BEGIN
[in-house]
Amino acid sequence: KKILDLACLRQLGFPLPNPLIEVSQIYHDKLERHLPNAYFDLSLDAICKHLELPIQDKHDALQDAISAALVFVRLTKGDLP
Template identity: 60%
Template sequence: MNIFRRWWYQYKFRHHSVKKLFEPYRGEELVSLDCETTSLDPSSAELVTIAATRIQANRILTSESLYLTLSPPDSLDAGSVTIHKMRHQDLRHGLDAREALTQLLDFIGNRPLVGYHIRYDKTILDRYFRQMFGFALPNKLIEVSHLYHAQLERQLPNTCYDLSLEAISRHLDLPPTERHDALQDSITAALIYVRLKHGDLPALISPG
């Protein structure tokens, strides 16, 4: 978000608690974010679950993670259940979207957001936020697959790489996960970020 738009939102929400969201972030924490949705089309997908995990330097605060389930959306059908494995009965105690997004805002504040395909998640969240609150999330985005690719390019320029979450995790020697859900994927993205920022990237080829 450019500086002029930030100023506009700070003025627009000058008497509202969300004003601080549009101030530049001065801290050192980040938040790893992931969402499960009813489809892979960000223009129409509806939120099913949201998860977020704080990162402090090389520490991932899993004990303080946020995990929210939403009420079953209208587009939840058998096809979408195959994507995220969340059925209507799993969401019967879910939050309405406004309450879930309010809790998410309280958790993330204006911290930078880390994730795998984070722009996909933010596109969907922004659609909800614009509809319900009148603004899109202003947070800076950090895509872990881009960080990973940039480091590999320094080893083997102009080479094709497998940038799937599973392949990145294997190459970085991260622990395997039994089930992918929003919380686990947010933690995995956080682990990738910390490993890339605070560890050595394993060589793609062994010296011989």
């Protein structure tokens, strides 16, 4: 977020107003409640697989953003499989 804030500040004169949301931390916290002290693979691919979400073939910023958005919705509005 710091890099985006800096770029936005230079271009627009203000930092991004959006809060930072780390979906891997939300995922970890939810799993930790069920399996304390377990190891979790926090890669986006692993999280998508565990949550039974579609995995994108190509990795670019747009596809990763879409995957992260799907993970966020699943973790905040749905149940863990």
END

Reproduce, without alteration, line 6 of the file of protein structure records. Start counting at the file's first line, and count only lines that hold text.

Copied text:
């Protein structure tokens, strides 16, 4: 977020107003409640697989953003499989 804030500040004169949301931390916290002290693979691919979400073939910023958005919705509005 710091890099985006800096770029936005230079271009627009203000930092991004959006809060930072780390979906891997939300995922970890939810799993930790069920399996304390377990190891979790926090890669986006692993999280998508565990949550039974579609995995994108190509990795670019747009596809990763879409995957992260799907993970966020699943973790905040749905149940863990």